4. 5 out of 5

    Jude

    Liked the first part a lot because I learned more about the Holocaust. Especially liked the true to life depiction of the family that hid the Jews. The section about the transference of something akin to PTSD to the next generation of Holocaust survivors even though they are raised in a peaceful environment was interesting for the first 30 percent. Then it seemed to degrade into navel-gazing and flimsy theories of trait inheritance. The second generation Holocaust survivors in this family are int Liked the first part a lot because I learned more about the Holocaust. Especially liked the true to life depiction of the family that hid the Jews. The section about the transference of something akin to PTSD to the next generation of Holocaust survivors even though they are raised in a peaceful environment was interesting for the first 30 percent. Then it seemed to degrade into navel-gazing and flimsy theories of trait inheritance. The second generation Holocaust survivors in this family are interesting but I believe the author fails to support her theory of the inheritance of a fragile personality and she drags us along on her failed quest. Not a waste of time but the author fails to support her theory.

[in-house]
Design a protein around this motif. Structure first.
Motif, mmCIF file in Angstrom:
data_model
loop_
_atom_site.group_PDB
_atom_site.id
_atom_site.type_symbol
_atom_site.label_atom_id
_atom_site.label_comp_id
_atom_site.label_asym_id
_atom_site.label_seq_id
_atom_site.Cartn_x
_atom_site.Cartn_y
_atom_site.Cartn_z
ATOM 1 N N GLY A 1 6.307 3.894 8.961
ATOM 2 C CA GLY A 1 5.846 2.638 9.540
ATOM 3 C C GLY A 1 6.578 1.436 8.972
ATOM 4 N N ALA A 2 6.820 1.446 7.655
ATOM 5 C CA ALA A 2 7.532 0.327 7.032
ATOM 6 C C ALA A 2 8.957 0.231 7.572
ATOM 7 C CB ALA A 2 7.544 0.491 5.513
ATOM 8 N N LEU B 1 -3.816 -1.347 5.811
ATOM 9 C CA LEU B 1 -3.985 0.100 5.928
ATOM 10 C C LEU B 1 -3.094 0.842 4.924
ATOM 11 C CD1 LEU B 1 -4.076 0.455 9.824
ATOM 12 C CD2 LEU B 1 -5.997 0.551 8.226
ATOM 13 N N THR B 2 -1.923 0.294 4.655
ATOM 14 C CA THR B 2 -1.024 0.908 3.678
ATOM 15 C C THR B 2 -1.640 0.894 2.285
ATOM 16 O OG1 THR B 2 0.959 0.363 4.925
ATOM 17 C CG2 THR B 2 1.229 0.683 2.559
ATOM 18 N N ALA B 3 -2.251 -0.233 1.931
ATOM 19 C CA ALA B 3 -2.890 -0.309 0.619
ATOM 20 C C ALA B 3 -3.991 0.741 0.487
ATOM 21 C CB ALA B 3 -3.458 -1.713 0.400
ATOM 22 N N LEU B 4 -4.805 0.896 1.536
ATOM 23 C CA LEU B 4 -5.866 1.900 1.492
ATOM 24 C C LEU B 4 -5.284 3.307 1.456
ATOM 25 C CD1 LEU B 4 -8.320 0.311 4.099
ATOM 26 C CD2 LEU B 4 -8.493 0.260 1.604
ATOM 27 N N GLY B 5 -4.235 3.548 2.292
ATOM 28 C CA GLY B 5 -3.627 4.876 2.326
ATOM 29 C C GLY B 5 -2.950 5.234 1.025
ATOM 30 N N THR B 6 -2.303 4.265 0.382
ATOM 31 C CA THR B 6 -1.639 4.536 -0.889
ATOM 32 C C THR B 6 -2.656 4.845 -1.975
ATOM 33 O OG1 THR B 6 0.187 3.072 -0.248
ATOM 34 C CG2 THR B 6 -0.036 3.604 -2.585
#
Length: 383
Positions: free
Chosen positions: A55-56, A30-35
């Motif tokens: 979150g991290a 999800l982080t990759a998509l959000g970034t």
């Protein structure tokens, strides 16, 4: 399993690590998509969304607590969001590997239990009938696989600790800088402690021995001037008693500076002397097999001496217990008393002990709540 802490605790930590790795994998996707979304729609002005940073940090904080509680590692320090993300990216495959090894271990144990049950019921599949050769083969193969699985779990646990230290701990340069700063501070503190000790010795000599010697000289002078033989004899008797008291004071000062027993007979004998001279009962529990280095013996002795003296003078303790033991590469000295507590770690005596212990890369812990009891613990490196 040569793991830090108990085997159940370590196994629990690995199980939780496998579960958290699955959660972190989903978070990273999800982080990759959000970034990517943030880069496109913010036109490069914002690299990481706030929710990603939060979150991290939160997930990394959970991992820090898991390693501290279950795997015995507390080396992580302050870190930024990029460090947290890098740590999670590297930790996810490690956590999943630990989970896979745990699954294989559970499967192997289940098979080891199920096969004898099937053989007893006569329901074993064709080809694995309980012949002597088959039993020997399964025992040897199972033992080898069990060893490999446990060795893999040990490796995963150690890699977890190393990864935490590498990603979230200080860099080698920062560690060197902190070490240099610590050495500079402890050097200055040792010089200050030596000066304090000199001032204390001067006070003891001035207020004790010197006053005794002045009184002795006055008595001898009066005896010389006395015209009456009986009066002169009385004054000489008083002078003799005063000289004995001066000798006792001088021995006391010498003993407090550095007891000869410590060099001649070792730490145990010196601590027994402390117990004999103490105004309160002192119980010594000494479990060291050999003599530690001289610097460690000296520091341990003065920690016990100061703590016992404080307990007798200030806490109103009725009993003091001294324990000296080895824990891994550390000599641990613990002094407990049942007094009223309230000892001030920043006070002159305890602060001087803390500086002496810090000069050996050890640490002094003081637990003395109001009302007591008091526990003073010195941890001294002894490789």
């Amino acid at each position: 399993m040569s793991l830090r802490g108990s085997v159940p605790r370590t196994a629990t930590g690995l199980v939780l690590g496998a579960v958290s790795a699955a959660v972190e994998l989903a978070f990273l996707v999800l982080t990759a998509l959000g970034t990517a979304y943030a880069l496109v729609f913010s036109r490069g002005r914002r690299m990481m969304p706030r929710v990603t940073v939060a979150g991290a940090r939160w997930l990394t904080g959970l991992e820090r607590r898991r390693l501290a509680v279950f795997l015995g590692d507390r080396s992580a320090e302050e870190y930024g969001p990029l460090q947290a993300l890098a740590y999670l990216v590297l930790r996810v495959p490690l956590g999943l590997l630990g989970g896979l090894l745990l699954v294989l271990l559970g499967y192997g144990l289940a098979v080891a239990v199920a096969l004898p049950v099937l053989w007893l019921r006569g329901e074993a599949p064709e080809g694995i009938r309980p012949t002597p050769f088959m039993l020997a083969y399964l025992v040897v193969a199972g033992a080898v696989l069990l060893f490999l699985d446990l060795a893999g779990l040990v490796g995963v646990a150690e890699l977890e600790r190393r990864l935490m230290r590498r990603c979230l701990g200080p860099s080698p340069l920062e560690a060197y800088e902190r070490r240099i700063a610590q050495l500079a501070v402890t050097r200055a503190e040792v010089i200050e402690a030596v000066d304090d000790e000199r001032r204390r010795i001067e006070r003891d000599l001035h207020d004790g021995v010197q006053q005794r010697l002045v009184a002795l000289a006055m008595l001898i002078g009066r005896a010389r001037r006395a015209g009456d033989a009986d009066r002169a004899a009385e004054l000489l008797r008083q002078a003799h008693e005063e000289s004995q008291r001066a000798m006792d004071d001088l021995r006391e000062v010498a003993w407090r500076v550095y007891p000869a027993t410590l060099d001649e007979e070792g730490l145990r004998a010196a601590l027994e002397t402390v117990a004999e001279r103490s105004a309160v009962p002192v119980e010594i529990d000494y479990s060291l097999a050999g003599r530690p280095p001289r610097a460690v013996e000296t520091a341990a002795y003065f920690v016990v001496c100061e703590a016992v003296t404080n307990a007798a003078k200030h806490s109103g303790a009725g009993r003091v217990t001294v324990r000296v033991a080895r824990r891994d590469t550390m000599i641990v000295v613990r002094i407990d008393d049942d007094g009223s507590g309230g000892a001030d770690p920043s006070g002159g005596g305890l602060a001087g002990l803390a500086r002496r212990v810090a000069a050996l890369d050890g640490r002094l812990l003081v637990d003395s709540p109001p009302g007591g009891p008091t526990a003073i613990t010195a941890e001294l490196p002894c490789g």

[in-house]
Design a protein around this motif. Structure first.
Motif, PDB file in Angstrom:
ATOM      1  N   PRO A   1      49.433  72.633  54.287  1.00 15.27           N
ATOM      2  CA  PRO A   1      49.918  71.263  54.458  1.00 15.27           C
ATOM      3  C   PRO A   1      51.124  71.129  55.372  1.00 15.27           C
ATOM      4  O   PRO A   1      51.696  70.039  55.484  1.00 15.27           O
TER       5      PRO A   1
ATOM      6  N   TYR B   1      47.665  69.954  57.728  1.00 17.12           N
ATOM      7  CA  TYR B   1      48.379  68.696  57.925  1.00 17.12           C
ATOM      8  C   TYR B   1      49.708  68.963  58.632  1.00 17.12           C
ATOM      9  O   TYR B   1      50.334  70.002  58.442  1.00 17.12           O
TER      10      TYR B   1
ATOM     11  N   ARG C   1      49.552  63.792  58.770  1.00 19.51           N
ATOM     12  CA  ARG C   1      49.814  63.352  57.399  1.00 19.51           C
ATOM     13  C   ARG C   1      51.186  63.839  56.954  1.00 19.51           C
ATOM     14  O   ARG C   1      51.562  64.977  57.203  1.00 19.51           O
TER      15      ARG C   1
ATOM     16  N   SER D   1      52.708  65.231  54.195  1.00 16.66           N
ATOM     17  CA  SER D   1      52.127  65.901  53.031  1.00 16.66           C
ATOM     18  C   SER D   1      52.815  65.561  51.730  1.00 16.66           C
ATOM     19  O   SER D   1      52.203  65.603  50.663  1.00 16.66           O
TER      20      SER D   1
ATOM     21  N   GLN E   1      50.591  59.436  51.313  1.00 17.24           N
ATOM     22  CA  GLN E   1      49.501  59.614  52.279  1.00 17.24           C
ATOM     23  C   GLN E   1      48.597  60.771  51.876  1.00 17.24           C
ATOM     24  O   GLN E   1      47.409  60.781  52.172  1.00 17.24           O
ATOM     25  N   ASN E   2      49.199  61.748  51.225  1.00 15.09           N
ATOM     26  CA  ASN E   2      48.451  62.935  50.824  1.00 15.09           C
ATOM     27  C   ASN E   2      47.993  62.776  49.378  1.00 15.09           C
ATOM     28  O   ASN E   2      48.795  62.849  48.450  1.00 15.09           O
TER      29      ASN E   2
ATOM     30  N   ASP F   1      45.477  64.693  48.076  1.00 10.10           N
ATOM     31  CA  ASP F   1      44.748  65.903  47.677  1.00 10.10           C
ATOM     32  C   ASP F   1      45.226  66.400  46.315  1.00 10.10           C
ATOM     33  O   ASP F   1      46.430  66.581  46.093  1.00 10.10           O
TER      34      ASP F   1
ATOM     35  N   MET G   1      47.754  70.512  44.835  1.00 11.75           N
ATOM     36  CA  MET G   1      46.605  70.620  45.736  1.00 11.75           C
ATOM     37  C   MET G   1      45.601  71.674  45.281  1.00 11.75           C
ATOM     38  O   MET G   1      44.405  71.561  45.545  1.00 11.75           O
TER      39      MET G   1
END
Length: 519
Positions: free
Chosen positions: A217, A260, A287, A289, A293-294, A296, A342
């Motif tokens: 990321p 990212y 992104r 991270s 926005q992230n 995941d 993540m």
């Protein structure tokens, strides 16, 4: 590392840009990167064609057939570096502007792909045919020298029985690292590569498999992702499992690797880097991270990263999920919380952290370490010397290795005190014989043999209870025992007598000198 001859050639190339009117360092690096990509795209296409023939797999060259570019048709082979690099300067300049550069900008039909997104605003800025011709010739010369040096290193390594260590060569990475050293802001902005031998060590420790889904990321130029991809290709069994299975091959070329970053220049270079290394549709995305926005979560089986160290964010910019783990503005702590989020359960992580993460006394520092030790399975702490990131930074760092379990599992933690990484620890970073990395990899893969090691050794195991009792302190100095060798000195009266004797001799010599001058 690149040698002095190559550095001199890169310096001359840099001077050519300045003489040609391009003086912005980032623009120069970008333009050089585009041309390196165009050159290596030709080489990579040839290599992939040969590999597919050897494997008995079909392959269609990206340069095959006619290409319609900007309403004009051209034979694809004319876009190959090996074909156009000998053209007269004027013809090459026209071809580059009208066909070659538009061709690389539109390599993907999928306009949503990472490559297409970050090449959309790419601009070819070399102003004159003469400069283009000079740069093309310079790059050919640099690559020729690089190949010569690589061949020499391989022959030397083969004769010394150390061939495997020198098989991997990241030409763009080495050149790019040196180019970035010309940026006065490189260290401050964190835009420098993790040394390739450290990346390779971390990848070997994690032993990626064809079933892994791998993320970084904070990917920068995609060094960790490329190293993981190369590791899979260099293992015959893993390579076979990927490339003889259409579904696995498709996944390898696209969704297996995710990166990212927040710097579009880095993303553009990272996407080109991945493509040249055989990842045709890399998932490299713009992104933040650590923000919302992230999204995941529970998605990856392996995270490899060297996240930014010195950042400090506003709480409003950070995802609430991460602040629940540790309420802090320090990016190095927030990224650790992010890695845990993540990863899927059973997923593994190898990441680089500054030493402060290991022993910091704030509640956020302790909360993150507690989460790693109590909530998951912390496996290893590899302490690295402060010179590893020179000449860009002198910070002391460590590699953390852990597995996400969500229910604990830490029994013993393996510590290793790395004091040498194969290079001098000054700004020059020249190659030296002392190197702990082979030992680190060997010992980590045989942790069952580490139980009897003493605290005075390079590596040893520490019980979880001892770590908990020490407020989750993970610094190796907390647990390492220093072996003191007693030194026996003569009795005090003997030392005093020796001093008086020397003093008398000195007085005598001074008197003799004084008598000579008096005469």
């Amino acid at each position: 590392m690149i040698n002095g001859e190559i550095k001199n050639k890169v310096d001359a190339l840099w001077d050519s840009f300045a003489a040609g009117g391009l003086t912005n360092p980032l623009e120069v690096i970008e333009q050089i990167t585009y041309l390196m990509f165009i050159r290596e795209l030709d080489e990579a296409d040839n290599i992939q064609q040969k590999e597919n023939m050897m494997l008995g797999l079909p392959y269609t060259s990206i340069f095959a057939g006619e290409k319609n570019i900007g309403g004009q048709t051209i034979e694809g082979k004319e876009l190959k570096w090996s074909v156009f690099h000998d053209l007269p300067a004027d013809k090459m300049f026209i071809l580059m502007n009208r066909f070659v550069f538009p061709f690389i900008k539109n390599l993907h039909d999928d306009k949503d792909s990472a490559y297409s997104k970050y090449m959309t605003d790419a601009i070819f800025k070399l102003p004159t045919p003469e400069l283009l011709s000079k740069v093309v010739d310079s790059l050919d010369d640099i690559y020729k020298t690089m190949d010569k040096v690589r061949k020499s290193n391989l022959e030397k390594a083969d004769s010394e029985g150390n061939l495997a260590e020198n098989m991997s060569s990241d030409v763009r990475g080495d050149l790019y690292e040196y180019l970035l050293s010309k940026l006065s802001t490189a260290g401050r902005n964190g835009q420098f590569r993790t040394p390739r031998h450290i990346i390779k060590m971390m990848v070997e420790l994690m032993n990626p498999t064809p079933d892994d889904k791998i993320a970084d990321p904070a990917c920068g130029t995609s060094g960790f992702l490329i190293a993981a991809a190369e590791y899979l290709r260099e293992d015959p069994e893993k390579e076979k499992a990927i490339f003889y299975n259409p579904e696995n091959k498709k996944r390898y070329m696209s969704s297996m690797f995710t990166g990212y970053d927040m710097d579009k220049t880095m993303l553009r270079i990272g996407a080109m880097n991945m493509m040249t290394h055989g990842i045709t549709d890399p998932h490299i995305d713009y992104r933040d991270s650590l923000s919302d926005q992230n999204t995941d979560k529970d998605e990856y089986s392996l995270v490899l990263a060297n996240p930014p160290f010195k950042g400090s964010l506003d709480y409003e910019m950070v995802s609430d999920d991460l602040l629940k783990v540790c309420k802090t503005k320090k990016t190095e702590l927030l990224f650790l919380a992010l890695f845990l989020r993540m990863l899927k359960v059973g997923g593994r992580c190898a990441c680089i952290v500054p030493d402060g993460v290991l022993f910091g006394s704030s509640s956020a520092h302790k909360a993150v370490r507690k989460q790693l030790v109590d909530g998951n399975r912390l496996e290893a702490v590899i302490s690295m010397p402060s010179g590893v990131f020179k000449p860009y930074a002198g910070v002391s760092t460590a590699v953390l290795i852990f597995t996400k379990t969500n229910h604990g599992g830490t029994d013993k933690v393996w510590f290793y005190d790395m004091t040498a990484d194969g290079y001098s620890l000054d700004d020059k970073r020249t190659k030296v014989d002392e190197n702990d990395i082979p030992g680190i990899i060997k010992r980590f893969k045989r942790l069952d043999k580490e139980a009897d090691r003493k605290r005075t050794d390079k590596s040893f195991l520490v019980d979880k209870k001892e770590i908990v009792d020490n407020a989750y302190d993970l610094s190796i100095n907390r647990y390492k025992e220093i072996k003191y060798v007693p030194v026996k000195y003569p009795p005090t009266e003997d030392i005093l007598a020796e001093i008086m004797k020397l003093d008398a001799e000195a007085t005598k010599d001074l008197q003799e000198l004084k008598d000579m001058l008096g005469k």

5. 4 out of 5

    Ann

    I enjoyed the first half of the book more than the second half. It was an interesting story about a Holocaust survivor and how it affected her life and her children's lives forever. I felt like the 2nd half/the daughter's portion of the memoir started to drag out and got long. Near the end I just wanted to finish. I enjoyed the first half of the book more than the second half. It was an interesting story about a Holocaust survivor and how it affected her life and her children's lives forever. I felt like the 2nd half/the daughter's portion of the memoir started to drag out and got long. Near the end I just wanted to finish.

  6. 5 out of 5

    Jason Staker